Over several years of constant up-time, a wireless router’s signal strength often declines. Power supply output can fall. RF amplifier circuits often degrade due to constant heating. This all comes from increasing number of hours of use.

Further, even if your old router hasn’t lost power, the newer models use better antenna design. In fact, many units feature adjustable output power.  That highest power setting is a good deal higher than, say, 2007 vintage routers

Frequent Loss of Internet Connection

With increasing frequency, you may lose the internet connection.  Yes, you might still be able to log on to your router through WiFi. But surfing the web may not work at all, or go quite slowly.

Replace WiFi Wireless Router When Faster WiFi Standards Appear

Every few years, a new 802.11 wireless protocol comes out.  These new standards are often much faster than prior ones.  For instance, the max data rate for 802.11b, in the late 1990s is 11 megabits per second.

802.11g, popular in the first decade of the 21st century, supports speeds of up to 54 mega bits per second.  802.11n, popular from roughly 2008 to 2013, supplies data speeds of up to 300 Mbps.

Then finally, there’s the new 802.11ac, with data rates up into the gigabits per second range.  This rapidly gaining speed trend is likely to continue for the foreseeable future.  So if you want state-of-the-art data rates, then replace your router every few years.

Replace WiFi Wireless Router When New Security Features Come Out

Today’s computer hackers can get into “secure” wireless networks so easily. Plus, the damage they can do once in, is costly.  So keep your router up to date in terms of the security protocols it uses.  If someone hacked your secured home network, then it’s time for a new router. Replace a router that supports less than the WPA2 security right away.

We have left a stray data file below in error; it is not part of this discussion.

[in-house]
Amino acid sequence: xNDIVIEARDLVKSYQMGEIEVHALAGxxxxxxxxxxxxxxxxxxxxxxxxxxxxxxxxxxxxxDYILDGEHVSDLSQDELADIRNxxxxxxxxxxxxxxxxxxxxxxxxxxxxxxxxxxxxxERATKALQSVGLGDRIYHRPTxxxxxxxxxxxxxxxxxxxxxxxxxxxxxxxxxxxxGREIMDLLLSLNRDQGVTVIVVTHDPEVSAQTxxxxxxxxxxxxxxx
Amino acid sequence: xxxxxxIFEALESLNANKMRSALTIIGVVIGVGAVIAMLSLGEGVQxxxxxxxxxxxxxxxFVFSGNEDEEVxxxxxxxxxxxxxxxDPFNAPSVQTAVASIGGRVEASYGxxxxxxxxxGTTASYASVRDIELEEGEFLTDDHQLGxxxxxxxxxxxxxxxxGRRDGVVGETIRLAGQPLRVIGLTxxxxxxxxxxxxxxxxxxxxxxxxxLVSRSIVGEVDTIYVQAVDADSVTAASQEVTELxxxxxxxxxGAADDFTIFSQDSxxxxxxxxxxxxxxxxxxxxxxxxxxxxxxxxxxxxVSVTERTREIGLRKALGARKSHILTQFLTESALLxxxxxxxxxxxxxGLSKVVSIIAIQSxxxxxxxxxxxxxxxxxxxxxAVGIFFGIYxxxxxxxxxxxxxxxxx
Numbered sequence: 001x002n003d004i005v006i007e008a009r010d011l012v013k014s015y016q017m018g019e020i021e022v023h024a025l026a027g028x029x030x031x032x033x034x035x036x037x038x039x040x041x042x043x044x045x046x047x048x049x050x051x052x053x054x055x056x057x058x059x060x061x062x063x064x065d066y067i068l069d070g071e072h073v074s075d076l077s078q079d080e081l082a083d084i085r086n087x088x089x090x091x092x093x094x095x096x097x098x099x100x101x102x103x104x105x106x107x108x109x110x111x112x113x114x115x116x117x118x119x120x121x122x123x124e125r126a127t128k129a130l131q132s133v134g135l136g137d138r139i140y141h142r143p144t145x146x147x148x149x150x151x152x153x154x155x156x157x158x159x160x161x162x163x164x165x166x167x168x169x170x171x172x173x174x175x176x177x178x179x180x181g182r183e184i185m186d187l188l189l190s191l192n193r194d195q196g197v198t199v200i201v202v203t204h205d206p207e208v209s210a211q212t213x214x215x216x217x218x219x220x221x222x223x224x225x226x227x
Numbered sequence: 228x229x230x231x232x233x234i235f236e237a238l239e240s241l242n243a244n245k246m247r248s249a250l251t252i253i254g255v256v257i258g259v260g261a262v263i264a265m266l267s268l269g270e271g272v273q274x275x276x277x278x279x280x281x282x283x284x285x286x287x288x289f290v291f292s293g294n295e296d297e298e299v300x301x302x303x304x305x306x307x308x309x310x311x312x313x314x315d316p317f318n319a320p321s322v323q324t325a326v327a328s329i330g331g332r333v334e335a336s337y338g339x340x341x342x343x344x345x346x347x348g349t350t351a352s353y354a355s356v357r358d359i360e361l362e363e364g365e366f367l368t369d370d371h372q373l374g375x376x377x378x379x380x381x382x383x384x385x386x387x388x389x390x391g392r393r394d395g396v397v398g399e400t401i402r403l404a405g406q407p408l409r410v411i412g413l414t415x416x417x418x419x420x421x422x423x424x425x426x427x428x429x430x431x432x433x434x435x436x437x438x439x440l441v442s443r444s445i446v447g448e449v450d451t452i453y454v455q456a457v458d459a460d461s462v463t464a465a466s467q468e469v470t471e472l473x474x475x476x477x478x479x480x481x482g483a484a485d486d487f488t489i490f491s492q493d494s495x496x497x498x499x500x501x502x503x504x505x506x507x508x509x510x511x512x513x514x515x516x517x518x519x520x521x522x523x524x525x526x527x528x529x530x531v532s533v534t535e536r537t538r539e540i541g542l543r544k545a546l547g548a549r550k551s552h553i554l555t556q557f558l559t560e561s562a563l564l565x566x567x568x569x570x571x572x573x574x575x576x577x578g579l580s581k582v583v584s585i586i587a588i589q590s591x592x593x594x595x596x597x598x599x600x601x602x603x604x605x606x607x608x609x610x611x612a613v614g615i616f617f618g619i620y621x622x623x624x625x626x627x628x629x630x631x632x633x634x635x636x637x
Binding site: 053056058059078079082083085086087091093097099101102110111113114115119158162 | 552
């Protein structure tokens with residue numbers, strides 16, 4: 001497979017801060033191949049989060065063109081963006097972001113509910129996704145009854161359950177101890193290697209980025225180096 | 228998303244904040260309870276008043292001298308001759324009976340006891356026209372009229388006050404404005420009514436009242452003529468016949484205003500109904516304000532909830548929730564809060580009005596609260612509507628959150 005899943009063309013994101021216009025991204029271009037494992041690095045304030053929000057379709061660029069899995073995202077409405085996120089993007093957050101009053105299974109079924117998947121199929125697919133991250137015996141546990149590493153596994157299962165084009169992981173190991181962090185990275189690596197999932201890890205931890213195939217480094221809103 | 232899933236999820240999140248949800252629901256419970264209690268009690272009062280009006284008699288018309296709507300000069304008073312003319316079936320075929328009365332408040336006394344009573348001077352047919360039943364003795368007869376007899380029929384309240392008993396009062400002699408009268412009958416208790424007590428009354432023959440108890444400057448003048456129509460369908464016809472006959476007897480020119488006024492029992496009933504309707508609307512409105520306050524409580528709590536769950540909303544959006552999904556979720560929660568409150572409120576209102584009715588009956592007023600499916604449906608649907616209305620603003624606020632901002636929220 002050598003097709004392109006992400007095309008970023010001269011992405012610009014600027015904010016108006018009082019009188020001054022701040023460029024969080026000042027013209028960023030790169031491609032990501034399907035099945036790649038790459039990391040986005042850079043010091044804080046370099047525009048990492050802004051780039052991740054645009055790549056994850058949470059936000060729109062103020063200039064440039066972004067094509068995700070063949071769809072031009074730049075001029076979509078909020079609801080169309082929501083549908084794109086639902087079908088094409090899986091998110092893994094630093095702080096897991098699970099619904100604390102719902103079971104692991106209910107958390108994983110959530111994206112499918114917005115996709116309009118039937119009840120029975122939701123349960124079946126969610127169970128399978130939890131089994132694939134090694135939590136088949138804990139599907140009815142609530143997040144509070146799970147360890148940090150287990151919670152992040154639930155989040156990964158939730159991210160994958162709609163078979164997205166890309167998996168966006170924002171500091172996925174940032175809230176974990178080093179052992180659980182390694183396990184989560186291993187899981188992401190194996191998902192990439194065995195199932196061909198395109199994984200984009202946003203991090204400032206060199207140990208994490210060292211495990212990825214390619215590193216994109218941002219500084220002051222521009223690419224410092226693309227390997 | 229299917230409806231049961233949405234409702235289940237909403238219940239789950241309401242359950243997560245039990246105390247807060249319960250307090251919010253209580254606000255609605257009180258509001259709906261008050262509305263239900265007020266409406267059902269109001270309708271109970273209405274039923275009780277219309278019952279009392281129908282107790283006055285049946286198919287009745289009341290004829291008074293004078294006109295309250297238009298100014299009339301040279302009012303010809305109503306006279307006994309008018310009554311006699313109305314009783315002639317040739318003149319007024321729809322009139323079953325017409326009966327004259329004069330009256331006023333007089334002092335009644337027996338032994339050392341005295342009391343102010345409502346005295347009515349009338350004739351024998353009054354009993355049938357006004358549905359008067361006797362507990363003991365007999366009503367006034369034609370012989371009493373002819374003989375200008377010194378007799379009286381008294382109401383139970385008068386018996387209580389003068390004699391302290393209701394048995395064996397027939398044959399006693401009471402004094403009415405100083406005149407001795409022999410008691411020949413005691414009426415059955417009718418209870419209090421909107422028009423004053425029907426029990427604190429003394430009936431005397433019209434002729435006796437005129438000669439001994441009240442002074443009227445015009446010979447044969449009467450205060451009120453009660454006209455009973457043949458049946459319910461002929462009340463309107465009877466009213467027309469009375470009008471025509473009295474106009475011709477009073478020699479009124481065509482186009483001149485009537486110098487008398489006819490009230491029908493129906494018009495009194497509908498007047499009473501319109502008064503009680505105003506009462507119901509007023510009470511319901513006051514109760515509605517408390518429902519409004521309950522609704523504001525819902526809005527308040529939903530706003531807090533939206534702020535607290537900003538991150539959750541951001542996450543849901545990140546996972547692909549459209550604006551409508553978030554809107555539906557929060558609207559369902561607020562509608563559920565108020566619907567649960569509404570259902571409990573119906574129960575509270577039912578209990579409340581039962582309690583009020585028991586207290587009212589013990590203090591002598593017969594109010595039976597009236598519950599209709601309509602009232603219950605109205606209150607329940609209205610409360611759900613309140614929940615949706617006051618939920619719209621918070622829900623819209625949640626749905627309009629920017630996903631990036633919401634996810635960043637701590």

Replace WiFi Wireless Router when your Old Router No Longer Cuts the Mustard

Maybe you’ve noticed excessive stuttering in your favorite live video or audio streams.  Or, connections to Internet radio stations fail more frequently than you believe they should.  Or, your other electronic appliances easily interfere with your wireless connections.  Advances happen all the time to reduce these wireless drawbacks.  So if you see this more than a few times a month, then replace your WiFi router.

We bought the Linksys WRT300N WiFi router (pictured next) in the spring of 2007.  It lasted until the summer of 2015, when it suddenly stopped accepting WiFi connection requests.  We should have replaced it sooner than we did.  But it was in an environment that required nothing faster than Draft 802.11n.

Picture of the Linksys WRT300N V1 Broadband wireless router, front view.
Linksys WRT300N V1 Broadband Wifi Router, Front View

If at least three of the above signs describe your current router, then we suggest that you replace it.  Get a new one that shows none of the list items above.  Buy a state-of-the-art wireless router.

Related Posts to When to Replace WiFi Wireless Router

  1. Netgear WNDR3700v4 N600 Dual Band Router Review
  2. Asus RT AC87R Router AC2400 Review
  3. Linksys WRT300N Router Review, Wireless-N Broadband
  4. Bountiful WiFi BWRG1000 Wireless Router Review
  5. Belkin AC1200 DB Review, WiFi Dual Band F9K1113 Router
  6. How to Choose a Wireless Router
  7. Asus RT-AC87R Router Boosts Wifi Reliability, Big Time!
  8. Netgear N750 WiFi Gigabit Router WNDR4300 Review
  9. How to Fix Common WiFi Router Problems and Issues
  10. How to Replace Old or Defective Wireless Wi-Fi Router

References for When to Replace WiFi Wireless Router

  1. Where to buy   Wireless Routers
  2. Wireless Router    on Wikipedia

Revision History

  • 2019-06-10: Tuned the targeting for ‘When to Replace WiFi Wireless Router’, removed ad code, and added more tags and links.
  • 2018-12-29: Updated post title and added subheadings.
  • 2015-01-13: Added more appropriate tags.
  • 2015-10-01: Added appropriate tags.
  • 2015-07-19: Originally published.